‘eighty years of promoting biodiversity conservation through taxonomic research, scientific training and international networks’

Harrison Institute, Centre for Biodiversity Research

Hipposideros larvatus is one of 119 bat species recorded from the Indian Subcontinent.

The monograph on the Bats of the Indian Subcontinent, which was published in 1997.

Field work: David Harrison with Manoj Muni of the Bombay Natural History Society.

Bats of the Indian Subcontinent

Host country: India, Sri Lanka, Pakistan and Nepal

Project objective: to provide a comprehensive and detailed review of the bats of the Indian Subcontinent

Project outputs
  • A comprehensive review of the 119 bat species recorded from the region with detailed information on:
    • Synonymies
    • External, cranial, dental, and bacular characters
    • Taxonomic variation
    • Distribution within the Subcontinent
    • Habits, including reproduction and diet
    • Conservation status

  • A series of surveys for bats throughout India and Sri Lanka

  • Co-supervision of PhD student Mrs Yasantha Mapatuna of the University of Colombo

  • The rediscovery of the ‘world’s rarest bat’ Salim Ali’s Fruit bat (Latidens salimalii) on 8 April, 1993

  • A rediscovery of Wroughton’s free-tailed bat (Otomops wroughtoni) in the Barapede caves, Karnataka State

  • Participation in a series of workshops on bats and their conservation status organized by Zoo Outreach http://www.zooreach.org/index.html

Collaborating institutions:
Bombay Natural History Museum in India; Departments of National Museums in Sri Lanka; and the Harrison Institute

Harrison Institute contact: Dr Paul Bates – harrisoninstitute@btinternet.com

Principal Funder: Harrison Institute Trust, with support from the British Council and The Royal Society, UK

Dates: April, 1992 – on-going

Publications from the project:


Bates, P.J.J. and D.L. Harrison. 1997. Bats of the Indian Subcontinent. Harrison Zoological Museum Publications. 258 pp.

Bates, P.J.J. and D.L. Harrison. 2000. Bats of the Indian Subcontinent. World Biodiversity Database CD-Rom series, Springer-Verlag.

Papers and reports

Bates, P. J. J., D. L. Harrison, and M. Muni. 1994a. Bats of Western India. Part 1. Journal of the Bombay Natural History Society, 91(1): 1-15; 1994b: Journal of the Bombay Natural History Society, 91(2): 224-240; 1994c: Journal of the Bombay Natural History Society, 91(3): 360-380;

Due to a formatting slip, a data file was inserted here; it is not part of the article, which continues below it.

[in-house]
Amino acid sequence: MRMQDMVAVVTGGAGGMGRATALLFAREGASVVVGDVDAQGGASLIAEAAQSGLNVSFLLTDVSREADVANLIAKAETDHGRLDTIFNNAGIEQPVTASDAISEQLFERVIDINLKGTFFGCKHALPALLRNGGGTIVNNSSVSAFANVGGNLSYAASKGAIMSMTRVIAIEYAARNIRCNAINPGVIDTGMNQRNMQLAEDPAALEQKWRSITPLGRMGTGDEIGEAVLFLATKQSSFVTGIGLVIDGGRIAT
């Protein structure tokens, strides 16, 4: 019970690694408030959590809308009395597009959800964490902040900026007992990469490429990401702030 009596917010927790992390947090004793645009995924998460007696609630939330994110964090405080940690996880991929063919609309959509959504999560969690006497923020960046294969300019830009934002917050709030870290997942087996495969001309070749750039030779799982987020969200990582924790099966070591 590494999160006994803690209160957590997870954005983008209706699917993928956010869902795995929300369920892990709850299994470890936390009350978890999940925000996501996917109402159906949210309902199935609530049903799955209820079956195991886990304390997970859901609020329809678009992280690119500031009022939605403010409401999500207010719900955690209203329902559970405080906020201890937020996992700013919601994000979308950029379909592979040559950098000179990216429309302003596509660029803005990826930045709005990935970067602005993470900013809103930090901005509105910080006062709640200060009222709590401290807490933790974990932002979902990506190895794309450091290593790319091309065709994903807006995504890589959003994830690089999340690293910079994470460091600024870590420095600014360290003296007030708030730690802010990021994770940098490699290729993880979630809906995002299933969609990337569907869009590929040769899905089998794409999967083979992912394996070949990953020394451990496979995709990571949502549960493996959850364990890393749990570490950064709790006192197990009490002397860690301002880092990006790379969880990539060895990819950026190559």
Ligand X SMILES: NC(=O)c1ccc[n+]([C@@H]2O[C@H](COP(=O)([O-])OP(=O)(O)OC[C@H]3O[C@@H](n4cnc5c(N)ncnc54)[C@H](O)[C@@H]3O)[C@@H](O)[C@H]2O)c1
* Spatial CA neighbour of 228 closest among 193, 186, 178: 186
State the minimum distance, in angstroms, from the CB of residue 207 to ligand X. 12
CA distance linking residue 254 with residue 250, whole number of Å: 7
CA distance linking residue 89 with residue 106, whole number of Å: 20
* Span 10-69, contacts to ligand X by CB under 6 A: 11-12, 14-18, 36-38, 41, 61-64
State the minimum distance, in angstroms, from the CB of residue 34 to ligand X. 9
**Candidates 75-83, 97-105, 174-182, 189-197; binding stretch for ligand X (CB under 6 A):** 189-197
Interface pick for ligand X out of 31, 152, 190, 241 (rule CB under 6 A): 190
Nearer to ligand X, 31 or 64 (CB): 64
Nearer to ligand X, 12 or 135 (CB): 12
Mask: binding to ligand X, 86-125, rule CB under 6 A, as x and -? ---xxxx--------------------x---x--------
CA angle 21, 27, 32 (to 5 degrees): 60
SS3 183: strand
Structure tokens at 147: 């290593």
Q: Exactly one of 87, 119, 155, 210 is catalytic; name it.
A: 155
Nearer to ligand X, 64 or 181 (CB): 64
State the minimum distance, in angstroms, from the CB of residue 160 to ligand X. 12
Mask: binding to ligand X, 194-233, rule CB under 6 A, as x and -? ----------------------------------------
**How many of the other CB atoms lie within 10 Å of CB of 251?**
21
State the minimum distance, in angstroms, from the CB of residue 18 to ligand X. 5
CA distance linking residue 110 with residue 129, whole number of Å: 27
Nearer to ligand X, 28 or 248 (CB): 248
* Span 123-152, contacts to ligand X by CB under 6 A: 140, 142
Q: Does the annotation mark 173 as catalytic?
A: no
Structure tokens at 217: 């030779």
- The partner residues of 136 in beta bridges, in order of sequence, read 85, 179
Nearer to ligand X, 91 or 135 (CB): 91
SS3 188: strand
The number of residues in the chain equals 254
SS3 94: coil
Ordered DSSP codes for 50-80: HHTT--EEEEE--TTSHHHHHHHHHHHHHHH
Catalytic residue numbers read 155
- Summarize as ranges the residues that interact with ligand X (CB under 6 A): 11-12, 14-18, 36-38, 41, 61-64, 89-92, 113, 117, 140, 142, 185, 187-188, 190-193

Daniel, J.C., M. Muni, and A. Akhtar. 1992. The bats of Barapede Cave. Hornbill, 1992(3): 28-33.

Mapatuna, Y., M. B. Gunasekera, W.D. Ratnasooriya, N.C.W. Goonesekere and P.J.J. Bates. 2002. Unravelling the taxonomic status of the genus Cynopterus (Chiroptera: Pteropididae) in Sri Lanka by multivariate morphometrics and mitochondrial DNA analysis. Mamm. Biol., 67: 321-337.

Thabah, A. and P.J.J. Bates. 2002. Recent record of Otomops wroughtoni (Chiroptera: Molossidae) from Meghalaya, North-East India. Acta Zoologica Hungarica, 48(3): 251-253.

Thomas, N.M. 1997. A systematic review of selected Afro-Asiatic Rhinolophidae (Mammalia: Chiroptera): an evaluation of taxonomic methodologies. Unpublished PhD thesis: Aberdeen University.
Thomas, N.M. 2000. Morphological and mitochondrial-DNA variation in Rhinolophus rouxii Temminck, 1835 (Chiroptera). Bonner Zoologische Beitrage, 49(1-4): 1-18.

Vanitharani, J., M. Pearch, L. Jeya Praba and R. Annamalai. 2004. A review of the distribution and status of Latidens salimalii (Chiroptera: Pteropodidae) with new records from the Western Ghats, India. Lutra, 47(1): 21-32.

Vanitharani, J., A. Rajendran, P.J.J. Bates and D.L. Harrison. 2003. A taxonomic reassessment of Kerivoula lenis Thomas, 1916 (Chiroptera: Vespertilionidae) including a first record from peninsular India. Acta Chiropterologica, 5(1): 49-60.